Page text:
If I owned the Plaza
Today I read about how the dreams for the Plaza are fading. The apartments are selling at a loss, the retail shops are closing, the classic Palm Court has shut down with supposed plans to open again this spring and they are actually putting a food court in the basement. A food court?
Although I am certainly all about new, new, new, there is something to be said about preserving traditions. That is why cities like NYC take the Landmarks Department very seriously. We gutted a brownstone 10 years ago and Landmarks made us keep 2 sets of back bay windows. We didn't have to put them back in the same exact location but they had to be somewhere in the back of the house. Frustrating yes, but after it was all said and done, I am thrilled that they made us keep them. History is part of the house and the windows preserve the past even though the rest of the house is completely modern. The people who own the Plaza should take a step back with a fresh set of eyes and look at how the Plaza should be preserved while remaining vibrant in the 21st century.
First of all, take a look at the people who own in the building and who have stayed there since it was re-open. Do a survey. What are they looking for when they stay at the Plaza and what are their expectations living there. Take all that information internally. Then take a hard look at how people with the same economic backgrounds are living their lives on a day to day basis be it how they shop, how they eat but especially how they live.
Regardless of how much money you have, people are not as extravagant as they were back in the day. I would bet that every event that has been thrown at the Plaza in the Grand Ballroom over the past year has tried to be a little bit more low key. It is where we are not only as a country but it is where we are all over the world.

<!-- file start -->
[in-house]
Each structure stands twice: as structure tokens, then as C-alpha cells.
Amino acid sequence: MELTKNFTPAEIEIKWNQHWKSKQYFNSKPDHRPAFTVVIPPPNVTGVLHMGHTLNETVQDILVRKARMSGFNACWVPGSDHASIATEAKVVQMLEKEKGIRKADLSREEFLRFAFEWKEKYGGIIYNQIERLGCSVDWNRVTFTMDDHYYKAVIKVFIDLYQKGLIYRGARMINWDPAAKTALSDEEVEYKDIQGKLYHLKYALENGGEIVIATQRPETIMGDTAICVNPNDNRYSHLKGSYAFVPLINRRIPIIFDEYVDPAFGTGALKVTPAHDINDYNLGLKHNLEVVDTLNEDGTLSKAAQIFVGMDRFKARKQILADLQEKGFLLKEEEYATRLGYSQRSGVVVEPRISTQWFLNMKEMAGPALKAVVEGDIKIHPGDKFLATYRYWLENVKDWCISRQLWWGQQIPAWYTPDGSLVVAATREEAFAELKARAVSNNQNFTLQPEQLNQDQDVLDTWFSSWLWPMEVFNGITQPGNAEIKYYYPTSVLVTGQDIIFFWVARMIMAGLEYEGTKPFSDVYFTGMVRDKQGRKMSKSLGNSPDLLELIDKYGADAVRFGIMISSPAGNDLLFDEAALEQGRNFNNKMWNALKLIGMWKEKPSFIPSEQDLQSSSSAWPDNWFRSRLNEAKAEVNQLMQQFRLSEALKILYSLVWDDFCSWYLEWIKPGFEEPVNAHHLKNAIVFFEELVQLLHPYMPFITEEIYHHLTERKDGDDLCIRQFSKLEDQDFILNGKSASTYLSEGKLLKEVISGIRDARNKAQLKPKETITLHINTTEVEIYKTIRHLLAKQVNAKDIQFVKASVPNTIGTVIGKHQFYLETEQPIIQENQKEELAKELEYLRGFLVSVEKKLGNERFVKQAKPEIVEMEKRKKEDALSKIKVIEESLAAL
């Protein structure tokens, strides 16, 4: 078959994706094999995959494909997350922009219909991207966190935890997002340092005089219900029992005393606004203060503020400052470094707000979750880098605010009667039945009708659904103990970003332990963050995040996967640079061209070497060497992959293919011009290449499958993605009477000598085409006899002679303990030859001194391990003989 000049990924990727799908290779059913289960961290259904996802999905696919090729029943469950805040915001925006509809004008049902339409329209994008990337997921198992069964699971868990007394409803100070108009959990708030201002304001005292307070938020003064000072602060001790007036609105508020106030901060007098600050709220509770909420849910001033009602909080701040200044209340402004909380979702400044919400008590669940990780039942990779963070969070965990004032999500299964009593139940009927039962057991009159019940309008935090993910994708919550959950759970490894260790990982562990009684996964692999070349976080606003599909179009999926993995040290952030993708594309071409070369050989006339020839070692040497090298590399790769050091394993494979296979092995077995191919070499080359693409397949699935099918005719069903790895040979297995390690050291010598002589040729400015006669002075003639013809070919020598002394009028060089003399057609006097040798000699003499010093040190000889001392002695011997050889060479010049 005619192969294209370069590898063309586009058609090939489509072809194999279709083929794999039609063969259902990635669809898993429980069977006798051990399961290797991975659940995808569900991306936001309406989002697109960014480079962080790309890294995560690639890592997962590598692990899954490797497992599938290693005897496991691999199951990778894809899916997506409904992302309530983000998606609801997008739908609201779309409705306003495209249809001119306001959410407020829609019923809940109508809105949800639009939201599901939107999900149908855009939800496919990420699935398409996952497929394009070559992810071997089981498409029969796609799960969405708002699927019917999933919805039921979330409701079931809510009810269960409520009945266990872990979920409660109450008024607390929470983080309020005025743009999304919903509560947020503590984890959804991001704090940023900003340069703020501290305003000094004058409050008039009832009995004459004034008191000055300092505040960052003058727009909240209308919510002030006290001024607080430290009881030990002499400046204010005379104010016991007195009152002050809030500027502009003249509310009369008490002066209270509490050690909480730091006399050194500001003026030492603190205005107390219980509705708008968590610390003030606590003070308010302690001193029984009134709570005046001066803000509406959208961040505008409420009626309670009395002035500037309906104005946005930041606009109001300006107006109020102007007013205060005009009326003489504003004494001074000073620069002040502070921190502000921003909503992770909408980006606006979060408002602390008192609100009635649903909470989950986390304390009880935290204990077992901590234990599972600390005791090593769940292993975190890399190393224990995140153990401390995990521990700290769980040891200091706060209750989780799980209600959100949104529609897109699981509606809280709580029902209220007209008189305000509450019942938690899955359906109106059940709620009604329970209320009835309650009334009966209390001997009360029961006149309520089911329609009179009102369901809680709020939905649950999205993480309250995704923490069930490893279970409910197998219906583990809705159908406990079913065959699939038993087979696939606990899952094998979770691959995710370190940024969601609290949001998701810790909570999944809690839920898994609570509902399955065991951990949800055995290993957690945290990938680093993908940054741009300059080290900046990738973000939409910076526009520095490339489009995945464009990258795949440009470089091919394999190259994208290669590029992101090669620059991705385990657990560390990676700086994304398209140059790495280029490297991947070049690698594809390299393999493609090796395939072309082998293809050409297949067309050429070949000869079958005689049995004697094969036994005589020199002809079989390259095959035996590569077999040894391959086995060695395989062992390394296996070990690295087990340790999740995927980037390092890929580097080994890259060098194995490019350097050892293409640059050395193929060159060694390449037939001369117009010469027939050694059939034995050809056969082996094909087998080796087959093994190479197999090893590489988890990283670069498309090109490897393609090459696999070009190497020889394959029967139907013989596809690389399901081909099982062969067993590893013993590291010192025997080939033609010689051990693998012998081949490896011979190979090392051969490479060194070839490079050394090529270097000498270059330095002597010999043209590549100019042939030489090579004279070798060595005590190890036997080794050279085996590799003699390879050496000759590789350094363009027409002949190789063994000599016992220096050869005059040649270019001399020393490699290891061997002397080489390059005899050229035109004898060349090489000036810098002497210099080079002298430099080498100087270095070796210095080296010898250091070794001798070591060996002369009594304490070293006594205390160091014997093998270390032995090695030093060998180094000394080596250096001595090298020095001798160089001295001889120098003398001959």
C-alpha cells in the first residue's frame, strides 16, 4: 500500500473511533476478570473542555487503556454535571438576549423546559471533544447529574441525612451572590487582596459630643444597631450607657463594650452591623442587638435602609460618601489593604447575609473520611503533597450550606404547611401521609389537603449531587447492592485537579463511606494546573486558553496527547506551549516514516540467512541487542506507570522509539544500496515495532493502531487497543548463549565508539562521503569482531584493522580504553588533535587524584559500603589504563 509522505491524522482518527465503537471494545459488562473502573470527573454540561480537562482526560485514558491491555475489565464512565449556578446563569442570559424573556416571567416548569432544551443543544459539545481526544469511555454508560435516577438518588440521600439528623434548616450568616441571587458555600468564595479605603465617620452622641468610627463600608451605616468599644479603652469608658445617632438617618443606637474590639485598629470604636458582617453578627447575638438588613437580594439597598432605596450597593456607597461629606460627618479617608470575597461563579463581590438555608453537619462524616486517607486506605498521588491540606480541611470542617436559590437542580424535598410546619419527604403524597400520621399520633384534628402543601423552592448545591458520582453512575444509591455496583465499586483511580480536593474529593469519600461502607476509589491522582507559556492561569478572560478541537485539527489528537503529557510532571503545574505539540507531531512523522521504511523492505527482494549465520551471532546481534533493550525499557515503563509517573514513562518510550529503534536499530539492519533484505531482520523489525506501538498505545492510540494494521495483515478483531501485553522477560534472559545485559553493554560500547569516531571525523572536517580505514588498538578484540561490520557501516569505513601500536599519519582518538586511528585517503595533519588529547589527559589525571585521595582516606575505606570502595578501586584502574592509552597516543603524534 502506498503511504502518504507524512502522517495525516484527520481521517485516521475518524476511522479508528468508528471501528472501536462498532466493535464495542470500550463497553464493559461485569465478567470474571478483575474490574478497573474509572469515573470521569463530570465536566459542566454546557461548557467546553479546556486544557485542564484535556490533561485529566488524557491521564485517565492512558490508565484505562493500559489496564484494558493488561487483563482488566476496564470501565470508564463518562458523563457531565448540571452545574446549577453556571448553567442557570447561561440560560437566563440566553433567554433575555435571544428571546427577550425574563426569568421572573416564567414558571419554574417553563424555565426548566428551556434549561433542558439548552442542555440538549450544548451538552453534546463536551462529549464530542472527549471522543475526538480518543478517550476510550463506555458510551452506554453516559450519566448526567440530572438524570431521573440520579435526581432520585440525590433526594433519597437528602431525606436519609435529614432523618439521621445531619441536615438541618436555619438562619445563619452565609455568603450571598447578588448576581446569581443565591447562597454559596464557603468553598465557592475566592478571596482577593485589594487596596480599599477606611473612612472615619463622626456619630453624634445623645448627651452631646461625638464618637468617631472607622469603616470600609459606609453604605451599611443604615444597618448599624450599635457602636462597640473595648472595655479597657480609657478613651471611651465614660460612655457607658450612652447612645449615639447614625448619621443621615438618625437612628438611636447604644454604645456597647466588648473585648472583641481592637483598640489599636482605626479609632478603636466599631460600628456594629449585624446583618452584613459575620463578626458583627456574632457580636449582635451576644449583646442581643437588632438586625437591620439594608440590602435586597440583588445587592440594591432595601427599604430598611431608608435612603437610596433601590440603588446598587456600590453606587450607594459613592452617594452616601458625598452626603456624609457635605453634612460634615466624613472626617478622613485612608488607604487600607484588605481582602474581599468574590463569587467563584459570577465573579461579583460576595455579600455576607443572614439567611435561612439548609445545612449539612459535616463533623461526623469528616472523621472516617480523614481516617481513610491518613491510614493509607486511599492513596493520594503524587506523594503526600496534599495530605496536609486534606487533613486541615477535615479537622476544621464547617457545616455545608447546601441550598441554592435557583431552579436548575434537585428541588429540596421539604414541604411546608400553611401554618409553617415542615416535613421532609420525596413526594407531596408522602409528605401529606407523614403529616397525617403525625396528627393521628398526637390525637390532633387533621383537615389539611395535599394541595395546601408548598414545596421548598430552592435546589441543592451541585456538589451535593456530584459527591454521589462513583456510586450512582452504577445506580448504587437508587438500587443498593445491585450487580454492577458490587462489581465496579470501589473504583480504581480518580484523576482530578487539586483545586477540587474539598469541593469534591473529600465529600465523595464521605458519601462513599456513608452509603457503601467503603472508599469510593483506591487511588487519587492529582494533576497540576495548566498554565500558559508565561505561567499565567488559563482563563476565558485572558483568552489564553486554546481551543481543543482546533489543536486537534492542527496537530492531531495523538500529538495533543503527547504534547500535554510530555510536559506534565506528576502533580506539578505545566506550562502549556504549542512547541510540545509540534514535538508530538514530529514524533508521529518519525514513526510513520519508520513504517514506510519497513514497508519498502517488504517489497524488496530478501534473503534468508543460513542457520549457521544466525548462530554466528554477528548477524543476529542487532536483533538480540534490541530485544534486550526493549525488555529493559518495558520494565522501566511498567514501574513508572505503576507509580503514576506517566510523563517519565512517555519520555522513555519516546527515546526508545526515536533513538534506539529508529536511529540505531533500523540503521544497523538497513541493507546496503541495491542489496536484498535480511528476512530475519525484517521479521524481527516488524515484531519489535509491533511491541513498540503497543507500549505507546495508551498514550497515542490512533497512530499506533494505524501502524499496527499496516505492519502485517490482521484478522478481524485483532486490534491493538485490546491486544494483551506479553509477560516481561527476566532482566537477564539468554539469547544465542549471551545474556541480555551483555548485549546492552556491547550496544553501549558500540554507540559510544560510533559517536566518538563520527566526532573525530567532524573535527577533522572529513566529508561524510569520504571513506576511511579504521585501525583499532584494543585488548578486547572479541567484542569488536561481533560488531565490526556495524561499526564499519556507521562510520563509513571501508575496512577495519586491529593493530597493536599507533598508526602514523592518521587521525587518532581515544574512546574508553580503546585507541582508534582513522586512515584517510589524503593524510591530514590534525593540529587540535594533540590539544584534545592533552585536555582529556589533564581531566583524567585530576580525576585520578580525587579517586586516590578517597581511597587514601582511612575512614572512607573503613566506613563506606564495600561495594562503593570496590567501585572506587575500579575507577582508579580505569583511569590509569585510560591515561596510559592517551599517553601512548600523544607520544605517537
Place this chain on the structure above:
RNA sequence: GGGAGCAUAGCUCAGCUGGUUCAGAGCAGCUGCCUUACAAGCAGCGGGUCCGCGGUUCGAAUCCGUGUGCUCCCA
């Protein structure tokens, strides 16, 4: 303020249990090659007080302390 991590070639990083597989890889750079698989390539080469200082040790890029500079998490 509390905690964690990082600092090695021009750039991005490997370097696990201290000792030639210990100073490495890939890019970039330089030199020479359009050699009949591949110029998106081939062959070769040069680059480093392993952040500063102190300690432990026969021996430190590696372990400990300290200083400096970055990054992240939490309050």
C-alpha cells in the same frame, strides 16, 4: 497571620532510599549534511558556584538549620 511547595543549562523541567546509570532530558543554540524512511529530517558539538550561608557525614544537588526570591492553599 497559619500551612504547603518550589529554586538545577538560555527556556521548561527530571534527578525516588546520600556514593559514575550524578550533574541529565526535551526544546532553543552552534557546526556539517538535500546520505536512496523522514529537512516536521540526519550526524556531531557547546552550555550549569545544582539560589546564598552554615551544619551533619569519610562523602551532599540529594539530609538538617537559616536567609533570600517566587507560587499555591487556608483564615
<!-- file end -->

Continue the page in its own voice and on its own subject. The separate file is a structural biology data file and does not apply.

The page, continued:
More and more people of all ages in NYC want to go to the newest hippest restaurant. That wasn't the case 20 years ago. Look at which restaurants are succeeding. Take a look at the decor in the restaurants and the appeal be it Marea or Marlow and Sons which are at complete different ends of the spectrum.
The Plaza should have an air of elegance. I'd put together an advisory committee that included the top restaurateurs and top retailers to start. When I say top, I am talking about the latest crop of successful businesses in these areas. The guys behind Marlow and Sons, David Chang, Gabriel Stulman, the owners behind Dresslers, Danny Meyer, and so on. Innovative thought leaders who are on the cutting edge of NYC in the restaurant business. For retailers, the owners behind Opening Ceremony or Odin and then the Michael Kors and Donna Karan's of the world who sell high end merchandise. I'd also bring in some of the top cutting edge jewelers. These people are making it in NYC, they are creating environments that are working today. For instance, why isn't there a boutique chocolate shop in the Plaza instead of a huge chain like Godiva? Why aren't there luxury stores that are New York centric that not only appeal to the parents but also appeal to the youth.
I'd also add architects to the list. Not the same old architects like David Rockwell that does everything over the top and IMHO not very elegant. Think young smart architects that are thinking differently with new fabrications creating sophisticated modern looks. I keep thinking about the Rocco Forte hotels that have created that modern sophisticated feel in everyone of their hotels. Each hotel fits the flavor and vibe of the city.
We are witnessing other old school New York institutions close more and more. It is sad but that is the reality if you don't keep up with a changing environment. The Plaza needs to rethink who they need to be in order to survive the life altering shift that our city is going through. Don't think old, think new. New would be much more appealing to a broader audience than the stuffy feel that the Plaza now represents.